Ardbeg 10 Year Old Islay Whisky Review - Tasting Notes / Tips
Ardbeg 10 Year Scotch Whisky
I find it hard to select a single whisky to call my ‘favourite’ as they all have different things going for them. That said though if you take the high end whiskies out of the equation, I would say all in all Ardbeg 10 year old is as close to favourite that I have at the moment. In pretty much any situation whether it’s after a meal or if you’ve got a few friends over and are having a few drams, Ardbeg always works for me. I had avoided getting a bottle for quite a while as it is at a slightly higher price than your average whisky, but when coming from holiday I saw a litre bottle for £35 ($50) at the airport. I couldn’t resist and I haven’t looked back since.
My Ardbeg 10 Year Old Whisky Review
Here’s my review.
Price range - $40-$60
Very light, a pale straw yellow.
Extremely clean, peaty and smoky, medicine with a nice hint of sea salt.
Powerful and thick, but lighter than some of the Islay big hitters.
This is actually quite a young whisky but has a really refined flavour. The first thing you get is peat, not the heavy peat of a Laphroaig, but a sophisticated hit, closer to Talisker than Lagavulin. Then the intensity hits you and the flavour really develops. I find Ardbeg really salty and seaweedy, but with a nice sweetness a hint of vanilla.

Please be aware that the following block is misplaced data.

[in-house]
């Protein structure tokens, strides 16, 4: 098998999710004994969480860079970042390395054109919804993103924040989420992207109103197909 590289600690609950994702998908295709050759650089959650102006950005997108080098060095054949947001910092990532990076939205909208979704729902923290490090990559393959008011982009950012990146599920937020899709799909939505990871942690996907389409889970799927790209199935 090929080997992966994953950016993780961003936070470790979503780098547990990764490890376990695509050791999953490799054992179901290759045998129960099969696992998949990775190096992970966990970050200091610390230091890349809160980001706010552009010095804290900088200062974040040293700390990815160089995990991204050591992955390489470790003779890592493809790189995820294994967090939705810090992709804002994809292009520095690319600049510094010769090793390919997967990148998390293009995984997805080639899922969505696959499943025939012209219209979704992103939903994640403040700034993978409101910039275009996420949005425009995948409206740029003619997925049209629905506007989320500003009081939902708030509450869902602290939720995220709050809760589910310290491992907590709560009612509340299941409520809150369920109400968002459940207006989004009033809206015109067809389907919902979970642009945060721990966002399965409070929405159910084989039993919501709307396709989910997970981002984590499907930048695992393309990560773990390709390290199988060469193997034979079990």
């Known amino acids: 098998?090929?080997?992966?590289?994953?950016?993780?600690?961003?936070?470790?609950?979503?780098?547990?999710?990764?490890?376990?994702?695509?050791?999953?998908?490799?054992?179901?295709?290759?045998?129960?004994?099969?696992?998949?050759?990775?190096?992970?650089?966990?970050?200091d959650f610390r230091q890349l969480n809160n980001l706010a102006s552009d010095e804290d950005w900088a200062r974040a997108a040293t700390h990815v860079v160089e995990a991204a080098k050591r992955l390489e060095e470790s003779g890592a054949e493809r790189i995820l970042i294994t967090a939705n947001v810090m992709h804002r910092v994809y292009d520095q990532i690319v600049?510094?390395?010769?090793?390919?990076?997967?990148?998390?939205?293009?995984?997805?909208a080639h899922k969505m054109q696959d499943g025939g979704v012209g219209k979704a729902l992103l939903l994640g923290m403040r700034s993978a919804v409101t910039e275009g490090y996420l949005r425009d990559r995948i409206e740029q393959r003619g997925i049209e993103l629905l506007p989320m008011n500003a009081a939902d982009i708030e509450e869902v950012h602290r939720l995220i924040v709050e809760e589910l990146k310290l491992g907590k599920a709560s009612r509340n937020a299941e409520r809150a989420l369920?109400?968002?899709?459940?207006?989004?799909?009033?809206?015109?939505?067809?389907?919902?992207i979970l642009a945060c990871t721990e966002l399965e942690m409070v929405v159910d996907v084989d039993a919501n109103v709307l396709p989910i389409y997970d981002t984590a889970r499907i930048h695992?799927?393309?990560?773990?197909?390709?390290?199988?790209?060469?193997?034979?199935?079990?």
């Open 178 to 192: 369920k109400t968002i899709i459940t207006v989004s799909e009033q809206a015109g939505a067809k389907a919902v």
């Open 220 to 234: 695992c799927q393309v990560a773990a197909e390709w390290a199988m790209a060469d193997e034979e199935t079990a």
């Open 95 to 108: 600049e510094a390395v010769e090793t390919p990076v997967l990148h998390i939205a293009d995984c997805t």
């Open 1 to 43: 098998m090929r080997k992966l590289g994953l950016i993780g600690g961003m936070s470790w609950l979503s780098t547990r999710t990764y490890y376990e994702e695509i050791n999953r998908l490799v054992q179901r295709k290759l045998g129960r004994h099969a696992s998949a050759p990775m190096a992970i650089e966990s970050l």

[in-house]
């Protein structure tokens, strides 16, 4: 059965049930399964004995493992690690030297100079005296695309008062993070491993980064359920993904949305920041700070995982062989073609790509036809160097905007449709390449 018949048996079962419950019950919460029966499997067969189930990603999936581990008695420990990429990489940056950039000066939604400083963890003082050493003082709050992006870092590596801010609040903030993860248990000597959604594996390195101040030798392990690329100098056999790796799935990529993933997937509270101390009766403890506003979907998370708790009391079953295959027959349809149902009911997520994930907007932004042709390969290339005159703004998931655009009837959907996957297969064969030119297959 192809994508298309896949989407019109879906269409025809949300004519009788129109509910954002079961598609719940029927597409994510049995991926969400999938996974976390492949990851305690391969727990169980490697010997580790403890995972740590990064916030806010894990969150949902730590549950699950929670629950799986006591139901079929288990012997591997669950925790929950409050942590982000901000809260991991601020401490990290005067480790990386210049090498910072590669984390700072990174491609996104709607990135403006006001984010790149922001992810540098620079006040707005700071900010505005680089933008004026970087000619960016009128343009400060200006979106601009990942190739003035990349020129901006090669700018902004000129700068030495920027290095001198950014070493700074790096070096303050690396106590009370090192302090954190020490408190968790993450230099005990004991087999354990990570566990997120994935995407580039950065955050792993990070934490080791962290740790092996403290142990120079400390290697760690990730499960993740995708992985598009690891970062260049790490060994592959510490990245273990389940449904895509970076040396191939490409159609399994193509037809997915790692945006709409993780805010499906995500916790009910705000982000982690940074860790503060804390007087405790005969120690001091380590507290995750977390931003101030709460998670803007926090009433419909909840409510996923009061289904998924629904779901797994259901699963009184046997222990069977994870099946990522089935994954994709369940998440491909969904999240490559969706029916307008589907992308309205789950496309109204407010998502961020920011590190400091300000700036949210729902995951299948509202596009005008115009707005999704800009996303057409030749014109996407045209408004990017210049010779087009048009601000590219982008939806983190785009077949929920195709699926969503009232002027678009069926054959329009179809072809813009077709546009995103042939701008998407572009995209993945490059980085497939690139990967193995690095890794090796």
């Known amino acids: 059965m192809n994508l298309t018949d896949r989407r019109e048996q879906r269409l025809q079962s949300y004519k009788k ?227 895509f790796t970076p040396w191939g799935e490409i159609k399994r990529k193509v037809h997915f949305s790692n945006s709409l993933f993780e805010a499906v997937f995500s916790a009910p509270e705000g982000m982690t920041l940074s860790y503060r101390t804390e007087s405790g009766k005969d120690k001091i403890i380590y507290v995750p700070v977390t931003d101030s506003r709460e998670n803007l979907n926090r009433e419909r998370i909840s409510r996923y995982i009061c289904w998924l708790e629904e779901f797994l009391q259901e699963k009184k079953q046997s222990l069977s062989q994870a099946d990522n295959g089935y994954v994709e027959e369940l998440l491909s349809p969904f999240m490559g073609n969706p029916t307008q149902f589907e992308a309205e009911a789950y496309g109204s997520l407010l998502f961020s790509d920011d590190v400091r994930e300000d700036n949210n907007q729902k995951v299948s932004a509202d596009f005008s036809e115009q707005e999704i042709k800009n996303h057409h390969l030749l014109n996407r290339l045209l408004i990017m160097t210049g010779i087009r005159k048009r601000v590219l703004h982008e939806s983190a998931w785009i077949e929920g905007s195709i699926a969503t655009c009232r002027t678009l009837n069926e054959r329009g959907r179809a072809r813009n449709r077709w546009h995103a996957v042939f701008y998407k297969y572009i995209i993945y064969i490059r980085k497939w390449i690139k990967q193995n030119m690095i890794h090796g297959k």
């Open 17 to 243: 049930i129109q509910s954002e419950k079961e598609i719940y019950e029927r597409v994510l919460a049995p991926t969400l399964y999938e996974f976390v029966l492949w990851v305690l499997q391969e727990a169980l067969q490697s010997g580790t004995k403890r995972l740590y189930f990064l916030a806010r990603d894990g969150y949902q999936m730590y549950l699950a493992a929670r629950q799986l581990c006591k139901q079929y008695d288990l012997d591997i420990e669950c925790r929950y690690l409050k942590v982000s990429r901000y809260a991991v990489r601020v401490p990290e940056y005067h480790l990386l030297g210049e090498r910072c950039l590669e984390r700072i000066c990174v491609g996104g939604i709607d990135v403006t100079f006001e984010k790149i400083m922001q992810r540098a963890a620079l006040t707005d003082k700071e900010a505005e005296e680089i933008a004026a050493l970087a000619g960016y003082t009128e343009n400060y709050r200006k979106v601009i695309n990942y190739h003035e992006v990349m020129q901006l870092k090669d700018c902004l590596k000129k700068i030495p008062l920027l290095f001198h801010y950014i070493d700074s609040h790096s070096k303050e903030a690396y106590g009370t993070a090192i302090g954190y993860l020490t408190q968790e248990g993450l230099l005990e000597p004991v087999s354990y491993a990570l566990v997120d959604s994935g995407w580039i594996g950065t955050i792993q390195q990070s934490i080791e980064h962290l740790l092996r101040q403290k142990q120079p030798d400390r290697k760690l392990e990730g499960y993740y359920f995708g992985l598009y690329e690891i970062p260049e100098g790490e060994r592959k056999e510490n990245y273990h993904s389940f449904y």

Really long finish, peaty and smoky. Eventually the smoke fades and you have a strangely nice medicine peaty finish.
I really love this whisky, it’s a great value Islay whisky, slightly more expensive than some but it really punches above its weight. This is my go to whisky and can be enjoyed in any situation.
Total score 89
I hope you've enjoyed this review, it's my first on hubpages. As always i'd be keen to hear what your favorites are.
More about Ardbeg
Ardbeg is found to the East of Lagavulin and Laphroaig distilleries on the Islay south coast. It is known for being one of the most peated single malts around. The Uigeadail and Supernova bottlings are right at the top of the palatable peat levels at more than 100 ppm or Phenol parts-per-million. The water for Ardbeg whisky travels a great distance, starting at Loch Uigeadail, the highest loch in the hills of Islay. The water flows through the hard quartzite of the Ardilistry River into Loch Iarnan. This water finally flows through some heavy peat bogs on it's final journey to the distillery. Like nearly all Islay distilleries, its malted barley comes from the maltings at Port Ellen. At one time Ardbeg used its own kiln-fired maltings, unusual as there was no fan in the roof, allowing a heavy, tarry peat smoke. This added greatly to to the peat character in the water used. Ardbeg stopped using the maltings in 1977, so any Ardbeg put into cask before the late 1970s still demonstrates that characteristic tarry smoke flavour and is highly desirable.